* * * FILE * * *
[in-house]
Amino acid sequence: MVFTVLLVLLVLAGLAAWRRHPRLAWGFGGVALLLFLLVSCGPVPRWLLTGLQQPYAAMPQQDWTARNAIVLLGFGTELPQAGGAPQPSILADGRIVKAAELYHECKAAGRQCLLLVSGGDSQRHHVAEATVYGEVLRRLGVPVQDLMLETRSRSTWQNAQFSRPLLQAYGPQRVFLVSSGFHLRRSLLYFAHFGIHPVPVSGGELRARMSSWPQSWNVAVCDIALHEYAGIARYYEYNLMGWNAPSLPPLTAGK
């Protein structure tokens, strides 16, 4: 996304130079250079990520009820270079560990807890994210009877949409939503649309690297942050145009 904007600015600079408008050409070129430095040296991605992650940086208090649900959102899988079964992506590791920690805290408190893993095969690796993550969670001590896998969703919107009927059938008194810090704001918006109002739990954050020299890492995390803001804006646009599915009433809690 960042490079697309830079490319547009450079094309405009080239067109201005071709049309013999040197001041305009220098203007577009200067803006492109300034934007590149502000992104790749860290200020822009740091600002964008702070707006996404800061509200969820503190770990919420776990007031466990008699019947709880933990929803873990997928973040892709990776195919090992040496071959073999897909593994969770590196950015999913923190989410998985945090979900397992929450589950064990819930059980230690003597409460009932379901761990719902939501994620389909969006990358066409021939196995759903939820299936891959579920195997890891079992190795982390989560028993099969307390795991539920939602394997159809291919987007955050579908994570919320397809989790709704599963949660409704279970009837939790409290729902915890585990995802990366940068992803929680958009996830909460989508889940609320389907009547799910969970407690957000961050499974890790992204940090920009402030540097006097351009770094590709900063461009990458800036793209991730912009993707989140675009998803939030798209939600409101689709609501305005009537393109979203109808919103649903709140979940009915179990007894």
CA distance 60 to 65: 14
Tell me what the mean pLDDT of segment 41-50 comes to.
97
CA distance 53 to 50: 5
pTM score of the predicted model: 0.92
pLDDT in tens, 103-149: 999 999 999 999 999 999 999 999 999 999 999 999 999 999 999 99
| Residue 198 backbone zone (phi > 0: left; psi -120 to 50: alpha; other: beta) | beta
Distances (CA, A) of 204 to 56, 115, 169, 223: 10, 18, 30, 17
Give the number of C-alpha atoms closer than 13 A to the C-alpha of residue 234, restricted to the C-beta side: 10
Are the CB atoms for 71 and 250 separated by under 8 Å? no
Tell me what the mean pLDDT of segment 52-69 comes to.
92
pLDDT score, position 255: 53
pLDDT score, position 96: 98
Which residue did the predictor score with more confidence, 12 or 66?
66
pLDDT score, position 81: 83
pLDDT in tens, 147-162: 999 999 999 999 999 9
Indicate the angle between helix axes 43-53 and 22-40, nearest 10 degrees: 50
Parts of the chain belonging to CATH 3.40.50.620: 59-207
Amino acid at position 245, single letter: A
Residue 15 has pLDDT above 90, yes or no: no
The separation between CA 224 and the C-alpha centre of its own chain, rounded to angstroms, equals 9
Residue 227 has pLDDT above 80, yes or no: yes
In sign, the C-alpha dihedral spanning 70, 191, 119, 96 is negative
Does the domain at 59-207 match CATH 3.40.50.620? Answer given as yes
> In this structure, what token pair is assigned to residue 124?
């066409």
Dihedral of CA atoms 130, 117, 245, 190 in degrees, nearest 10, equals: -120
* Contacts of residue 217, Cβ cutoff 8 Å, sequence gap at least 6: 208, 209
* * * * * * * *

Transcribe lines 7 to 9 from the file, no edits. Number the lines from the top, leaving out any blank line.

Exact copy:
CA distance 53 to 50: 5
pTM score of the predicted model: 0.92
pLDDT in tens, 103-149: 999 999 999 999 999 999 999 999 999 999 999 999 999 999 999 99